How sport played a vital role in team manager Tom's success

Cybersecurity sales manager Tom Newby took A-levels in history, economics and biology before leaving RGS in 2015 to study politics at Newcastle University

Q: How did you end up working in cybersecurity sales?

A: I joined Brigantia in Thirsk in 2019 after graduating in the summer of 2018 – I started as a sales executive and have worked my way up to sales manager.

Q: Can you outline a typical day?

A: I begin the day by dealing with all my emails that I’ve received since the day before. Once that’s done, I prep for any meetings I may have (either with suppliers or clients) and check in with the guys in my team to assist them with anything if required.

Once that’s been completed, I focus on speaking to clients and potential clients about orders we’re working on and introduce them to any new products.

Q: What have been the highlights of your career to date?

A: Going from an executive to sales manager in four years. Building my own team from scratch and seeing them develop and succeed as individuals.

Q: What’s the best bit about your job?

A: Closing a deal you’ve been working on for a long time, it makes all the stress worthwhile!

Q: And the worst?

A:The opposite of the above! When you put a lot of work in for a client to turn round and say: ‘No’.

Q: What is the biggest challenge you’ve faced?

A: Having to manage a team during the pandemic – thankfully with a lot of the world moving online, we were still in demand, but there were difficult times, when customers weren’t sure they would remain open, and ensuring the guys were still motivated and enjoying their work environment was a lot harder without any face-to-face contact!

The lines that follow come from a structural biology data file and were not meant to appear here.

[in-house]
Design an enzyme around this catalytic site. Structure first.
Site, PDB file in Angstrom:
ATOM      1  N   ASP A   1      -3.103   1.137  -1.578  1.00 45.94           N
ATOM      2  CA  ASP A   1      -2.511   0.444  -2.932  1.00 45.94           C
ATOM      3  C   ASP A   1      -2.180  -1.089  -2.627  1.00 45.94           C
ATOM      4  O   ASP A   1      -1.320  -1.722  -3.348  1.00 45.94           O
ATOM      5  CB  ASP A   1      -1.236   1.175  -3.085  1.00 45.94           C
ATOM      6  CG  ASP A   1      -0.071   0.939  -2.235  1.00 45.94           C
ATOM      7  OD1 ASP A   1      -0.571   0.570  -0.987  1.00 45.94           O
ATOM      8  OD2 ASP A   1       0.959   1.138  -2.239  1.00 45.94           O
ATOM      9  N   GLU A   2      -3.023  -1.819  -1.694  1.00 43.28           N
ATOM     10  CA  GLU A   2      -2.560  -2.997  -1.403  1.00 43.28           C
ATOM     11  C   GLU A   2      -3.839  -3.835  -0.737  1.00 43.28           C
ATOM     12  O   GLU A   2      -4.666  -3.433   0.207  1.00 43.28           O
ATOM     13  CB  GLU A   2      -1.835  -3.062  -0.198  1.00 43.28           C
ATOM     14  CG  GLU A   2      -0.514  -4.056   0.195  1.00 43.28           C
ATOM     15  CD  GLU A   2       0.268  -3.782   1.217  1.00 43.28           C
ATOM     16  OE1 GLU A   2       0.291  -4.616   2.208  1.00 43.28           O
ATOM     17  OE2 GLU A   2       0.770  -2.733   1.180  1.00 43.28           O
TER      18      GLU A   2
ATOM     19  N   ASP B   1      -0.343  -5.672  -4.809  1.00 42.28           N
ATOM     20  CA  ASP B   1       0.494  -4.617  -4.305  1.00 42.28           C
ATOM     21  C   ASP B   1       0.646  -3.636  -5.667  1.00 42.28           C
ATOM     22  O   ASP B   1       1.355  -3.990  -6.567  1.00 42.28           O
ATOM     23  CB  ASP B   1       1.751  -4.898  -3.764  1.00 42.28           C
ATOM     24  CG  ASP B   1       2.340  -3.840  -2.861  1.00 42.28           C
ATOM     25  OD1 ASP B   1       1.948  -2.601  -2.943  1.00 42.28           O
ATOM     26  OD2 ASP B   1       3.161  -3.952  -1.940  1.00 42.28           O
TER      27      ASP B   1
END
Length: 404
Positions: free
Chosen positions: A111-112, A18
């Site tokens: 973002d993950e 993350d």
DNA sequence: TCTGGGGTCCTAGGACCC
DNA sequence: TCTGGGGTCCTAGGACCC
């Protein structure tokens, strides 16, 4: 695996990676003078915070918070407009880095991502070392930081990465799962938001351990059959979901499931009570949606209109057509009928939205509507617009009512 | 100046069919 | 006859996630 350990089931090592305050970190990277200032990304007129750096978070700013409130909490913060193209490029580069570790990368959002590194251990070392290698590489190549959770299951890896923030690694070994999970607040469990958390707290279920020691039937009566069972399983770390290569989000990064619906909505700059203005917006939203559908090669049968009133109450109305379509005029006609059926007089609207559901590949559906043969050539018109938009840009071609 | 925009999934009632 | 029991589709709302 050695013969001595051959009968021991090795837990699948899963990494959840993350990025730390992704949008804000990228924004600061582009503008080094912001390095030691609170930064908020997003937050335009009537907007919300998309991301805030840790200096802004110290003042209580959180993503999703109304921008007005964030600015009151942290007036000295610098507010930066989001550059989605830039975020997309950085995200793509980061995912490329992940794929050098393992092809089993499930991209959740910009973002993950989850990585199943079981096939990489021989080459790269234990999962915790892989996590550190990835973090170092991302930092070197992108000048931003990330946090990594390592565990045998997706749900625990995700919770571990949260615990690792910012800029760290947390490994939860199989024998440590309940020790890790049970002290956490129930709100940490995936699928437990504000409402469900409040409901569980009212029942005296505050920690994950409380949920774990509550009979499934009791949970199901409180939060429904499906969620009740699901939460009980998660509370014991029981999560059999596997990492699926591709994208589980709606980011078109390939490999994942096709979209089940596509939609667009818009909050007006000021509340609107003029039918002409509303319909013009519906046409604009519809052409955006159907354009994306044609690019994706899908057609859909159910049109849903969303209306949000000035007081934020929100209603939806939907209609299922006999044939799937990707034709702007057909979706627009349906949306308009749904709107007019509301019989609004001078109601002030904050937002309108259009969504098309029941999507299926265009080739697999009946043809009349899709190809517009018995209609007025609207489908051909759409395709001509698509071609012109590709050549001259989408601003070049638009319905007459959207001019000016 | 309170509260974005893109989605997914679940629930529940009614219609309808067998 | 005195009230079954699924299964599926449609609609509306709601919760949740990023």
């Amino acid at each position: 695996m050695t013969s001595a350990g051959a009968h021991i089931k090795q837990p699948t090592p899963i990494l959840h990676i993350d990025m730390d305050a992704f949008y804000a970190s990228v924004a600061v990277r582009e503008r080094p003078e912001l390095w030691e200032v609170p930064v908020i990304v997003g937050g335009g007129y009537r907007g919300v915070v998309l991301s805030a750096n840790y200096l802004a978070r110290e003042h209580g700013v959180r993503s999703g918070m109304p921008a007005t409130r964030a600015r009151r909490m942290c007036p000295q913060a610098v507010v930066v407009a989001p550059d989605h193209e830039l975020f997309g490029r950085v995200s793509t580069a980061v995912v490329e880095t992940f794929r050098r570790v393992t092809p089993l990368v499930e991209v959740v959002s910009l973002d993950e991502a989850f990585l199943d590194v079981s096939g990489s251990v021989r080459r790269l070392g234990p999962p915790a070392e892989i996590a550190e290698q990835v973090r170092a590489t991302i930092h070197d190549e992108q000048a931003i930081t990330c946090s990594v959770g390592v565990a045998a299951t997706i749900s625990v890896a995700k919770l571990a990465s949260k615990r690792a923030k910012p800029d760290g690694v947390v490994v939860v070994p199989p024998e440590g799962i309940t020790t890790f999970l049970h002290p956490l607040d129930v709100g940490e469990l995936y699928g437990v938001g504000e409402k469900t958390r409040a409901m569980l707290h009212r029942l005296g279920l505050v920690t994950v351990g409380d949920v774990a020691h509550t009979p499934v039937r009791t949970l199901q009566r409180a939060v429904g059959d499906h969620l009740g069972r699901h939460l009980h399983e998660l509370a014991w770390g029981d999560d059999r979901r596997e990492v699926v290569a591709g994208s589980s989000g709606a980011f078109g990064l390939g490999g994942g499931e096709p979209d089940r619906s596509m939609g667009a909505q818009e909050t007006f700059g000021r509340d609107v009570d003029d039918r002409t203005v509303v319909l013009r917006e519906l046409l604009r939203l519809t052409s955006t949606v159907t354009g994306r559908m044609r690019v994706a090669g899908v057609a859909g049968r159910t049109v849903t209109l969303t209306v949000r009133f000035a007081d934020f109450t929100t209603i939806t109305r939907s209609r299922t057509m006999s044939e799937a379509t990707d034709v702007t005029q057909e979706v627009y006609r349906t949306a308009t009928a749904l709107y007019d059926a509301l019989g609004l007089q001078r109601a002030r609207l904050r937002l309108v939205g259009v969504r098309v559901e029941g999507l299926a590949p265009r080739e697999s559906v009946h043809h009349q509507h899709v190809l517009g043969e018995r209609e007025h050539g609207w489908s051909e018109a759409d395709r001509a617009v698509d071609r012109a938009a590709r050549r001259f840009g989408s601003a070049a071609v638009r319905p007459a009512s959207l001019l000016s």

Q: What was the most important thing you learnt at RGS?

A: The confidence to speak to people I don’t know and be treated on equal terms.

Q: What extra-curricular activities were you involved in while at RGS, and how valuable were they?

A: I was the First XV rugby captain and also played rugby extensively for Ripon RUFC, Yorkshire & Leeds Carnegie. I also played cricket for school and competed in athletics. Playing sport was vital to me as the confidence it provided me with I still have today. Also, being part of a team was massive in ensuring I was trustworthy and could support and rely on others. I still value the camaraderie and friendships to this day.

Q: What do you wish you’d known back then?

A: Don’t be afraid of making mistakes, something that might seem like the end of the world at the time very rarely is in the grand scheme of things.

Q: What did you dream of doing after leaving school?

A: I wanted to be a professional rugby player until I was about 16.

Q: What is the one piece of advice you’d give students interested in following a similar career path?

A: Keep an open mind – don’t think that doing a certain thing at A-level or university rules you out – technology sales is one of the fastest growing global industries and is open to anyone.

Q: Who was your favourite teacher and why?

A: Mr Spiers – his passion for his subject was brilliant and made me look forward to every one of his lessons. He also had a great sense of humour that made being taught by him a joy.

Q: Who or what inspired you when you were at school?

A: My friends, my family and my teachers!

Q: What would you say has been your greatest success?

A: Graduating with a 2:1 from Newcastle.

Q: And biggest disaster?

A: Doing worse in my economics for maths retake than the original exam, thankfully they didn’t make me resit again!

Q: What are your hopes for the future?

A: To see all my RGS friends and family succeed in their respective careers and continue thriving and enjoying my job, whatever course it takes!